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To That Person Who Said My Child Doesn’t Look Autistic

India, Indian Ethnicity, Homework, Child, Parent, Tutor

To that person who said my child doesn’t looks autistic,

When you see my son from afar or spend just a brief period of time with him, you might mistake him for a non-autistic child due to the fact that he “looks neurotypical.” I’ve struggled for years to help shape him and create this appearance for him.

After his diagnosis, I went crazy. For the first couple of months after his initial diagnosis, it was really hard for me to accept the fact that he had autism, partly due to the fact that I knew very little about autism back then. But gradually, as I educated myself more and more about autism, I began to accept the autism in him. I stopped worrying about how to find a cure after changing my perspective. Instead of viewing autism as a disease or disorder, I began to understand that due to his autism, my son has a different perspective of the world and another way of living within it. I admire the way he behaves as though it doesn’t bother him what others think of him.

When you say I’m a negative person for accepting that my kid has autism, I wish that I could give you a book on sensory processing challenges to increase your awareness of autism.

When I talk about my son and his autism to you, I’m not being a negative person. I’m not worrying about his diagnosis. I’m not scared about his future.

In contrast, I feel very positive. My hope is to give him the best opportunities and supports to improve his quality of life. I’m looking for all different ways to help him grow so that he can flourish in all aspects of his life. I’m looking for the most appropriate educational programs which will best suit his needs and interests.

I will never give up on my son. I’m helping to shape him into the best version of himself every day.

Admittedly, my son has some behavior issues but none of them are a reflection on my parenting skills. The tantrums he often throws and the odd way he behaves are not due to poor parenting. They are due to his sensory processing difficulties and the fact that he cannot accept changes in his environment easily. I’m making myself a better parent by improving my teaching skills daily.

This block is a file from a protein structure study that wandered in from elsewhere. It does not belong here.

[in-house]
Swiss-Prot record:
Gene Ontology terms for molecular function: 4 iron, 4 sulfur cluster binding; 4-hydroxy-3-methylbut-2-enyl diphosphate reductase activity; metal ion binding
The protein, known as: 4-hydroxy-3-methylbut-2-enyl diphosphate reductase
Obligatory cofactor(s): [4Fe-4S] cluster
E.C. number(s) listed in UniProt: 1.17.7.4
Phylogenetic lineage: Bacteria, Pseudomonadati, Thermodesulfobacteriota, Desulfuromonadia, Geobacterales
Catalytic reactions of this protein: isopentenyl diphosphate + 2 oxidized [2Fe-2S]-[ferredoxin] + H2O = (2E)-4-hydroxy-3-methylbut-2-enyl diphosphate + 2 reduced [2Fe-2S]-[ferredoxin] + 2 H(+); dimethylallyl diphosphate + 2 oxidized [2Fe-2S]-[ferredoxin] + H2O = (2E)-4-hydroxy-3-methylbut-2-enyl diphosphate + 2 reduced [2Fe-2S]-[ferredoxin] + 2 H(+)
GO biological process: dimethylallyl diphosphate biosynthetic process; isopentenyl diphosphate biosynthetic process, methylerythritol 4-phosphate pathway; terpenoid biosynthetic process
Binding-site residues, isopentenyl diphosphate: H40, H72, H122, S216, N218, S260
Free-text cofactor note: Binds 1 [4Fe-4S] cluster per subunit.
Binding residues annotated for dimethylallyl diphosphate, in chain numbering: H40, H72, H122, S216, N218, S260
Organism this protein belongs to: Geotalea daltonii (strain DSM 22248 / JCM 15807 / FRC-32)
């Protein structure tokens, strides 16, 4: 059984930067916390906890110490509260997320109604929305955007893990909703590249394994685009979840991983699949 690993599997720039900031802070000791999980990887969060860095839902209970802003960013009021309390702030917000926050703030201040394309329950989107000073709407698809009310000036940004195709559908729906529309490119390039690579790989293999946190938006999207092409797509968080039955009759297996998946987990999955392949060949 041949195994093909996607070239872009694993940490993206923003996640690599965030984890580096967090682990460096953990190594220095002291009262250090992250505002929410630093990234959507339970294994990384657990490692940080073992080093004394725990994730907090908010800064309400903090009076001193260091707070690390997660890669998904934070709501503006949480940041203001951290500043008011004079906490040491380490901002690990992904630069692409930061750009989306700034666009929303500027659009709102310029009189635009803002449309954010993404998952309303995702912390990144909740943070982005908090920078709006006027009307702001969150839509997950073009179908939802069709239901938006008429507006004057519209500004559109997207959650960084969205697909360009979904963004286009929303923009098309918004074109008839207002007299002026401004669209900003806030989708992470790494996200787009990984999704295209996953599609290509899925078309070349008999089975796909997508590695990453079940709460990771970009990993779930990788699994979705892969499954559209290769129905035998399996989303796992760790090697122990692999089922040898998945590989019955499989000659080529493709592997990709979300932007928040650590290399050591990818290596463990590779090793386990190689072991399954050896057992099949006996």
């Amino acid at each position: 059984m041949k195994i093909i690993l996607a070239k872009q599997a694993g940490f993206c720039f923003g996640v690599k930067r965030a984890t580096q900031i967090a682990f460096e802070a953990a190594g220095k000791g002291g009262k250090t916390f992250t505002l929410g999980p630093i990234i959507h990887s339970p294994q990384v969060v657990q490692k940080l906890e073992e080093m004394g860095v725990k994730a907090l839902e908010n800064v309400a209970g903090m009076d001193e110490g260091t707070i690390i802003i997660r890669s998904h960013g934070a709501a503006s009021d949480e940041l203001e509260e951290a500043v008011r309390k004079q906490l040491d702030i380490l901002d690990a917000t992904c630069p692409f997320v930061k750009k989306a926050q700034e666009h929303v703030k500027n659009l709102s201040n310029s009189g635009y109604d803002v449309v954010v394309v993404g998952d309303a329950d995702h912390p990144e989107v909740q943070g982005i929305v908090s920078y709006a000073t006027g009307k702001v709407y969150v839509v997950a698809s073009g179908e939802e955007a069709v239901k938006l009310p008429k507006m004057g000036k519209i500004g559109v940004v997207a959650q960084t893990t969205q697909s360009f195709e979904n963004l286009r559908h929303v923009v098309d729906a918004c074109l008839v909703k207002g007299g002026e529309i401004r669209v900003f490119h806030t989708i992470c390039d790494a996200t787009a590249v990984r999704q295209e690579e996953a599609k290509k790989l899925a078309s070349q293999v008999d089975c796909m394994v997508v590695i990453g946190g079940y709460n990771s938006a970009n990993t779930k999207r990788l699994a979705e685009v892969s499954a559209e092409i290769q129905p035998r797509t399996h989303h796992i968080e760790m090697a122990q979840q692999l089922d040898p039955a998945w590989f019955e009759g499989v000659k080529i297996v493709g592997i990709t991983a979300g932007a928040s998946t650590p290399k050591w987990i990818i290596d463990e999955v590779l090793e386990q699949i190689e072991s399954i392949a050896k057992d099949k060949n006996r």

Please do not judge my parenting skills until you walk in my shoes for a while. Please try to understand that I am a parent whose child wakes up at 3:00 AM in the morning and cries for no reason for over an hour. I am a parent whose child has a severe meltdown after seeing me close the bathroom door. I am a parent whose child can’t sit still and play with a toy for an extended period of time. I am a parent whose child is seemingly automatically attracted to any dangerous source of water including deep lakes, ponds, and rivers. I am a parent whose child gets cranky and tries to escape after every “no” response that I give him.

I’m silly, funny, and crazy because of my unique child. He is not good at looking into my eyes and saying, “I love you Mom,” but I believe that he will someday.

I invite you to learn more about autism. You should stop by our house one day and see his happy and excited eyes when he sees the spinning pinwheel in our garden and says, “Wow! Pinwheel is spinning!” for the tenth time in a row.

Amala Mani

The views expressed in this paper are those of the author(s) and do not necessarily represent the views of the NLM Family Foundation.

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